Perhaps the most breathtaking thing I did in SPB was a night cruise along the river. And when I say night cruise, I mean that it started at 1am and ended at 3am. This is due to the fact that at 1:30ish every night, all of the draw bridges around the city close to allow ships to pass through for about two hours. Then, they open for 20-30 minutes and close again for another two hours. Needless to say, as a result, transport can be a challenge at night. While I’d taken an inner city canal cruise during the daytime there before, I knew the night cruise, especially during the White Nights, was the way to go. A Russian friend helped me book a ticket in advance (because they often sell out) and after a hot drink, I boarded the boat and took in the magnificent the sights and sounds of the river, the night lights, and the boat party that traveled with us to each bridge to see it open. It was truly a magical way to experience both the city and the White Nights.
In a wonderfully weird coincidence, a friend from my college days at William & Mary happened to be passing through SPB on the way to a conference in Moscow. We linked up for lunch at one of my favorite cafes and then, after getting a bit lost, managed to have loads of fun at the Museum of Soviet Arcade Games. Housed in a gorgeously renovated old building, the museum included a cafe and multiple interactive exhibit areas. Our tickets came with 15 old Soviet ruble coins which we used to play a lot of arcade games around the museum. Most involved sports, submarines, and shooting with our favorite being this air basketball game. It was fascinating to see and experience games so common during that era!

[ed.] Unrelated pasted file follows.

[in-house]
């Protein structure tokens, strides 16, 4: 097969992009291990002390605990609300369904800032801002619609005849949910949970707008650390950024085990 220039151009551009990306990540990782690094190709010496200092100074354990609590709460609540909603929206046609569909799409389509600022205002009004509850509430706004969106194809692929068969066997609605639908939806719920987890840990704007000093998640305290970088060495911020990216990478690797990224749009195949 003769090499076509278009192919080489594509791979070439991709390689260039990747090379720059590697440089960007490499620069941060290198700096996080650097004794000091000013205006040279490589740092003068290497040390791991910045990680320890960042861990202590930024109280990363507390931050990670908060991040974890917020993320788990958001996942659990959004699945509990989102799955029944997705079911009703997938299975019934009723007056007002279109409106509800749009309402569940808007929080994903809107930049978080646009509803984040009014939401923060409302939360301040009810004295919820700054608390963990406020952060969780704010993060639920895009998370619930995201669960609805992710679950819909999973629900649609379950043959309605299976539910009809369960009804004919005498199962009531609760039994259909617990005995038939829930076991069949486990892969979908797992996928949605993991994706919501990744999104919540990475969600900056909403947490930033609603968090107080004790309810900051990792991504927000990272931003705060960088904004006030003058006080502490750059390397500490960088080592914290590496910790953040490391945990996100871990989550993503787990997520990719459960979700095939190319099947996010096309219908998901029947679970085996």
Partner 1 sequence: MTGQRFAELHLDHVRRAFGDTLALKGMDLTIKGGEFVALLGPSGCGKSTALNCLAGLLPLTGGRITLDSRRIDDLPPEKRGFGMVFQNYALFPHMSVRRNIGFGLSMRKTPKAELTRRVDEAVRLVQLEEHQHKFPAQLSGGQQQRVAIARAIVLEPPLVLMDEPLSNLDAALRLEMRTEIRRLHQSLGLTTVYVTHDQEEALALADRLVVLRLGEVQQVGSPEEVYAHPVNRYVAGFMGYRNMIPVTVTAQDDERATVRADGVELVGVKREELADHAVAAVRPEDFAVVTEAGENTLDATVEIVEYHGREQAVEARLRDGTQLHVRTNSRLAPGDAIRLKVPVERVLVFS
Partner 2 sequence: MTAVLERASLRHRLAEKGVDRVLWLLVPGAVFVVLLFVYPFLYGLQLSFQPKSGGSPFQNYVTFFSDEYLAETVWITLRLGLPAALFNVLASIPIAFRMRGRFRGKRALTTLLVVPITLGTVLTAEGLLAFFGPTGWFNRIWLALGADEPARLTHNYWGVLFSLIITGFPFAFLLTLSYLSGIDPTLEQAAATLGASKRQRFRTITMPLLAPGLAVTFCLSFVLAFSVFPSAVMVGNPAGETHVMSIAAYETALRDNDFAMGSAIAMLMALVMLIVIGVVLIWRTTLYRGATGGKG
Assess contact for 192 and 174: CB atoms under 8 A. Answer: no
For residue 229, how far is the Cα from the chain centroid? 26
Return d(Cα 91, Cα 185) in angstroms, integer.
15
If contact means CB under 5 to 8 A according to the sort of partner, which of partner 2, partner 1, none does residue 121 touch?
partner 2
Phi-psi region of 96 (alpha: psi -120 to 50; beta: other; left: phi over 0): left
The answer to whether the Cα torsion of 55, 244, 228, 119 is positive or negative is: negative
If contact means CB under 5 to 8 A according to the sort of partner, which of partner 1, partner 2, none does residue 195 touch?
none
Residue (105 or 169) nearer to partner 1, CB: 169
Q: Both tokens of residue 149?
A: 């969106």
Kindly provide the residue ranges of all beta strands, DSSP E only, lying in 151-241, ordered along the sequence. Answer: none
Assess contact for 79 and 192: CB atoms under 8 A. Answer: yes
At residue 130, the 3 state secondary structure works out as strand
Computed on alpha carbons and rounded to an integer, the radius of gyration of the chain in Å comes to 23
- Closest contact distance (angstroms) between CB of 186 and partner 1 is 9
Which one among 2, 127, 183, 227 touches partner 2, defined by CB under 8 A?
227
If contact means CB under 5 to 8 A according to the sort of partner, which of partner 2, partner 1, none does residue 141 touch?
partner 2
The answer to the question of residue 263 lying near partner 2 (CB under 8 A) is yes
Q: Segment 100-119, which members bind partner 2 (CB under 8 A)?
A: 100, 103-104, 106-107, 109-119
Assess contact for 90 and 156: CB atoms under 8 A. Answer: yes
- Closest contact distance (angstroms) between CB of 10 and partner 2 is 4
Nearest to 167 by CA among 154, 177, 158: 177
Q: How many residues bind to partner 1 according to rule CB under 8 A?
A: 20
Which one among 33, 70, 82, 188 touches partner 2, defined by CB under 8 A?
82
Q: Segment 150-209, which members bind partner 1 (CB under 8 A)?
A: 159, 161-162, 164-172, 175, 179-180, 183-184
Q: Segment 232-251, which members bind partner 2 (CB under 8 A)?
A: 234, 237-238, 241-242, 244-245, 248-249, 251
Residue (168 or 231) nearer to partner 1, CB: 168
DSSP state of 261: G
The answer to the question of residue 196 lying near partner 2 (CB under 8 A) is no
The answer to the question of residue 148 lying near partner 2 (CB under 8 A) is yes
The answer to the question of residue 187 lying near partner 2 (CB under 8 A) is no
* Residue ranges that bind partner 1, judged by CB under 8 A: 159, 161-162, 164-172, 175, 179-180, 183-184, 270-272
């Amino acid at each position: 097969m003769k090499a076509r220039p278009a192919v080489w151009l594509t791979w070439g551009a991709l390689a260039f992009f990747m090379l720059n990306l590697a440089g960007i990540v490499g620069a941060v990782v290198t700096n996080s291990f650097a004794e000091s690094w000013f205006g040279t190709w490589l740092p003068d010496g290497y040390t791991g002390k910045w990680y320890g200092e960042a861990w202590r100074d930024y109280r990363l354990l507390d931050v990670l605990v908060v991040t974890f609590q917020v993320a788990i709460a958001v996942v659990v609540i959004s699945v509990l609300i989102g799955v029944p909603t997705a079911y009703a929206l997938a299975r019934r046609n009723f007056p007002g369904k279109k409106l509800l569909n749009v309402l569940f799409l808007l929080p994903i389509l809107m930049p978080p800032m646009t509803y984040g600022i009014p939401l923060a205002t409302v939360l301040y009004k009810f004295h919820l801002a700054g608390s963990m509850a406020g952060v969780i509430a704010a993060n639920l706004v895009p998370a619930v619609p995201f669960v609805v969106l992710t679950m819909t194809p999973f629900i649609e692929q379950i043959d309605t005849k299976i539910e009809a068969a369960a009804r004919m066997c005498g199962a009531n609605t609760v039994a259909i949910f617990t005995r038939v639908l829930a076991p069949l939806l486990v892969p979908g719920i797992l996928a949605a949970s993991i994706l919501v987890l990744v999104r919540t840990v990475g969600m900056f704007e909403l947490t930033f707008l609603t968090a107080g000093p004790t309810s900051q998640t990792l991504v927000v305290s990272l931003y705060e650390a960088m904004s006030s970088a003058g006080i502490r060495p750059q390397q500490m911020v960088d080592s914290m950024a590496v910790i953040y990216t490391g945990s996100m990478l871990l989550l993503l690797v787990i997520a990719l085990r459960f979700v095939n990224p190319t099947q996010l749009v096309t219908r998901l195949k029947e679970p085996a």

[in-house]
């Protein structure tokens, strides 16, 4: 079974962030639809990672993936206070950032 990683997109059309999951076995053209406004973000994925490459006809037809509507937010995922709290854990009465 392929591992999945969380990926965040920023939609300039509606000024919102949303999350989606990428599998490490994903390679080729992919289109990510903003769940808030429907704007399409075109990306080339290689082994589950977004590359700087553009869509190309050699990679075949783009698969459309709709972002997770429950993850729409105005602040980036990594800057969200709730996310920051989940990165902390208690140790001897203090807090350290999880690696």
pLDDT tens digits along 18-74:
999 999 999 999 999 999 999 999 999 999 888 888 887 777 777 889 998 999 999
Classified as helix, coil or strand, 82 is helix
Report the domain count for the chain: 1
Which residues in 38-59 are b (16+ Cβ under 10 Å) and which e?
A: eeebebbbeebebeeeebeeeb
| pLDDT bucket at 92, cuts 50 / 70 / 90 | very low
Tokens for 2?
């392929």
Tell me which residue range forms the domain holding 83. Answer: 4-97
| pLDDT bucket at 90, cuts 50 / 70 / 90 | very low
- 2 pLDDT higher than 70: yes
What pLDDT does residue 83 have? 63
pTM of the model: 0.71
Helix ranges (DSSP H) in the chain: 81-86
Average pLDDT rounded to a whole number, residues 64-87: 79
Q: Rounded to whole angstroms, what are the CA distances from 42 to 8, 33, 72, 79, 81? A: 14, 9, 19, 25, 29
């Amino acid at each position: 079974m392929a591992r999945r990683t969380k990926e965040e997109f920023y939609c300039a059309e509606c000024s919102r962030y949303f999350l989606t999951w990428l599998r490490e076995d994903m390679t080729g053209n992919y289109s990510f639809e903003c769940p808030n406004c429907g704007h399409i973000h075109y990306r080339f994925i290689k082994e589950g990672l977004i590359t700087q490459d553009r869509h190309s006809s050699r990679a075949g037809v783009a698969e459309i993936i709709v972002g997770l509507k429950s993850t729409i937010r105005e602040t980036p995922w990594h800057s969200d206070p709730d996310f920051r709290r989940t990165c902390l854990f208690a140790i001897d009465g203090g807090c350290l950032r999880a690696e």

Without a doubt, once again staying with a Russian friend I originally met while volunteering at EXPO Milan 2015 made my experience. I finally was able to meet her mother and brother as well as a Swiss-Hungarian student staying with them while she attended Russian language school. On my last night, my friend’s mother cooked a big dinner, inviting another Tatarian Russian friend and a German colleague from her Russian-German international school. There was a ton of food and her Tatarian friend brought a platter to celebrate the end of Ramadan. It was quite the international affair with my friend’s mother showing us photo albums and books documenting her days as an interpreter and caterer on Russian cruise ships. I still can’t believe she was on a ship that actually sunk! We ended the evening with walking down to the nearby port and cruise ship area to watch the sunset at around 1am. Although I remember freezing in the wind, it was a fitting end to my time in the “Venice of the North.”
I am so thankful to have been able to reunite with so many Russian friends, make new Russian and international friends, and to see a wonderful American friend again. *They* are why I keep coming back and why I yearn to keep learning about and exploring Russia – whether that’s on my own or as part of a World Cup-related event. And I would have never learned the real way to drink vodka (with pickles and brown bread, three shots at a time!) without them 🙂 My trip was yet another example of the fact that people do not equal their countries’ politics and governments. While acknowledging this can be a challenge sometimes, I consider it vital to living and thriving in today’s interconnected, interdependent world.